Quick Post: Whitecoat Investor Scholarship and paying it forward.

I am on vacation this month but wanted to check in to post a quick note to any professional student interested in competing for a scholarship. The white coat investor, a great resource, for all of us in the medical field has decided to pay it forward with a scholarship competition. Please click below for the details.


For all others that are professionals, consider donating to this great cause. Hopefully, it will inspire a lot more discussion about the need to learn about financial well being.


A penny saved is a penny, a penny earned is not…

If you really want to get rich you need to get your spending under control instead of working hard for the money. Why? Because a penny saved is a much less.

th-1When transitioning from residency to independent practice you will be struck by how much free time you have. You may be tempted to pick up extra shifts to make some fast cash, and there will definitely be plenty of locums headhunters trying to convince you to do so.

So why should you elect to save money over just picking up a shift:

The real value of picking up that extra shift:

Picking up that extra shift for additional money can be a good, thing, but it does not compare to the benefit of money saved by cutting expenses. Why, because you will pay a greater proportion of your earned income to taxes.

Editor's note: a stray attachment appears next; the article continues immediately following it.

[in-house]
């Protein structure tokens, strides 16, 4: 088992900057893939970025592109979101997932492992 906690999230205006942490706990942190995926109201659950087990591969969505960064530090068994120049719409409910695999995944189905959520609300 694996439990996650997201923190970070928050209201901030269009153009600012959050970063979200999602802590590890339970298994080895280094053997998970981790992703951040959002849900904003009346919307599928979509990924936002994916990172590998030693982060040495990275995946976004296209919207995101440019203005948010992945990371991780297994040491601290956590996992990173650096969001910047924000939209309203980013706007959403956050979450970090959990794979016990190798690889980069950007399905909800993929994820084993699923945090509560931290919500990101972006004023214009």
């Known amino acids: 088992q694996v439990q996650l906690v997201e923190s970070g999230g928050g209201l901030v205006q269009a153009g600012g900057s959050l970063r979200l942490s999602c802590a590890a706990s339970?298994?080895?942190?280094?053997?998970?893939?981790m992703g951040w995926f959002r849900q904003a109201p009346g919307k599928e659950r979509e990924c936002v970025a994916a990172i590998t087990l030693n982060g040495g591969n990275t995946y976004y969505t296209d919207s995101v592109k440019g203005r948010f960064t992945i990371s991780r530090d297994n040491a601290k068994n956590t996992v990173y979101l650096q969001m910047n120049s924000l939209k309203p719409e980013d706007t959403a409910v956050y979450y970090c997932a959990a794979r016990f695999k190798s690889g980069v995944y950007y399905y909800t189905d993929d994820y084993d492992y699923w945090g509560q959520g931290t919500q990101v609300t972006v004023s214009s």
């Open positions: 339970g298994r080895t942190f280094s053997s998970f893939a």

For instance, if you are making single filer making 190K base each additional moonlighting shift you pick up is going to be taxed at a federal income rate of 33%. That mean’s 1/3 of your work is going to uncle sam, this is not including any local taxes you may have to pay. In addition, upping your income may also push you into the AMT range and exclude you from various tax deductions, which means you’ll end up paying even more in taxes.

The value of reigning in your “expenses”

In contrast, cutting cost such as not buying Starbucks every day or not eating out every day can save you a couple hundred to thousand dollars, and also save you the empty calories.

Break free of those golden handcuffs

thThe other costs of picking up that shift is that those Golden Handcuffs can get tighter. Many locum tenems companies really push you to just pick upthat extra shift when you want to by a new fancy toy. It seems like an easy enough answer to your money problems, but lifestyle inflation starts to trickle in when you do that and the next thing you know you are picking up shifts instead of spending time with friends and family. Why not practice a little delayed gratification and save money from your next couple paychecks to pay for your new toy, you may decide that you don’t really need/want it.

Focus on experience over material goods